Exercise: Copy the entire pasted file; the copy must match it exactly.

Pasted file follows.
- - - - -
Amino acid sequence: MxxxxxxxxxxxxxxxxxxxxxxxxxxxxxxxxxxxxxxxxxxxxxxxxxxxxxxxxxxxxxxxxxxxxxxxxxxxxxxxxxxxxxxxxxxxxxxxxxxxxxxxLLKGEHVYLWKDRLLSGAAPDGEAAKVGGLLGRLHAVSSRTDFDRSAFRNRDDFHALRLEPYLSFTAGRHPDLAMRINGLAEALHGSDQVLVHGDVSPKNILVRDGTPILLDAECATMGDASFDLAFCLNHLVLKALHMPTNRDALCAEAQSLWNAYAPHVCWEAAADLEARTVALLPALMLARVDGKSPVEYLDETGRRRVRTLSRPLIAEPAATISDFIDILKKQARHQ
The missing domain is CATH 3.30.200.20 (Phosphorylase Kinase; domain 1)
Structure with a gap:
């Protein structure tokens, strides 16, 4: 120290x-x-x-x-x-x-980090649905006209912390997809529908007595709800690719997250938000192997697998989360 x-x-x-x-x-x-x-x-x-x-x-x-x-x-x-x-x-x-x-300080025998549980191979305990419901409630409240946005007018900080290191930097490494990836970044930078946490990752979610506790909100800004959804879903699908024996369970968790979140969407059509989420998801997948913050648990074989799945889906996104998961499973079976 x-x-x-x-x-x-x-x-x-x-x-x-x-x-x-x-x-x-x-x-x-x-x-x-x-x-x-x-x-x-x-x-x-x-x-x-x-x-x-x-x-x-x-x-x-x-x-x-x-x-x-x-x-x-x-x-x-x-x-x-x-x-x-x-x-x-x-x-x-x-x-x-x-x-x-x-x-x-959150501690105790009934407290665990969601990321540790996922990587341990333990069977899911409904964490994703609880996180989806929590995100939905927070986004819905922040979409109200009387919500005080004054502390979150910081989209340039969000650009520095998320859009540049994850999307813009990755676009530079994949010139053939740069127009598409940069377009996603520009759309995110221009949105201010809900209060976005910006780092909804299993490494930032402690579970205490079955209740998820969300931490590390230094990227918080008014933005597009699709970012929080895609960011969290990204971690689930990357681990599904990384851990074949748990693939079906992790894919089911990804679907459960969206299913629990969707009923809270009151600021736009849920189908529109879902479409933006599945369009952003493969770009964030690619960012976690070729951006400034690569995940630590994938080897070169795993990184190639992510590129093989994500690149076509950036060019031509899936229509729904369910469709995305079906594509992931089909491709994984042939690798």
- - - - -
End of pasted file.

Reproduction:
Amino acid sequence: MxxxxxxxxxxxxxxxxxxxxxxxxxxxxxxxxxxxxxxxxxxxxxxxxxxxxxxxxxxxxxxxxxxxxxxxxxxxxxxxxxxxxxxxxxxxxxxxxxxxxxxxLLKGEHVYLWKDRLLSGAAPDGEAAKVGGLLGRLHAVSSRTDFDRSAFRNRDDFHALRLEPYLSFTAGRHPDLAMRINGLAEALHGSDQVLVHGDVSPKNILVRDGTPILLDAECATMGDASFDLAFCLNHLVLKALHMPTNRDALCAEAQSLWNAYAPHVCWEAAADLEARTVALLPALMLARVDGKSPVEYLDETGRRRVRTLSRPLIAEPAATISDFIDILKKQARHQ
The missing domain is CATH 3.30.200.20 (Phosphorylase Kinase; domain 1)
Structure with a gap:
């Protein structure tokens, strides 16, 4: 120290x-x-x-x-x-x-980090649905006209912390997809529908007595709800690719997250938000192997697998989360 x-x-x-x-x-x-x-x-x-x-x-x-x-x-x-x-x-x-x-300080025998549980191979305990419901409630409240946005007018900080290191930097490494990836970044930078946490990752979610506790909100800004959804879903699908024996369970968790979140969407059509989420998801997948913050648990074989799945889906996104998961499973079976 x-x-x-x-x-x-x-x-x-x-x-x-x-x-x-x-x-x-x-x-x-x-x-x-x-x-x-x-x-x-x-x-x-x-x-x-x-x-x-x-x-x-x-x-x-x-x-x-x-x-x-x-x-x-x-x-x-x-x-x-x-x-x-x-x-x-x-x-x-x-x-x-x-x-x-x-x-x-959150501690105790009934407290665990969601990321540790996922990587341990333990069977899911409904964490994703609880996180989806929590995100939905927070986004819905922040979409109200009387919500005080004054502390979150910081989209340039969000650009520095998320859009540049994850999307813009990755676009530079994949010139053939740069127009598409940069377009996603520009759309995110221009949105201010809900209060976005910006780092909804299993490494930032402690579970205490079955209740998820969300931490590390230094990227918080008014933005597009699709970012929080895609960011969290990204971690689930990357681990599904990384851990074949748990693939079906992790894919089911990804679907459960969206299913629990969707009923809270009151600021736009849920189908529109879902479409933006599945369009952003493969770009964030690619960012976690070729951006400034690569995940630590994938080897070169795993990184190639992510590129093989994500690149076509950036060019031509899936229509729904369910469709995305079906594509992931089909491709994984042939690798």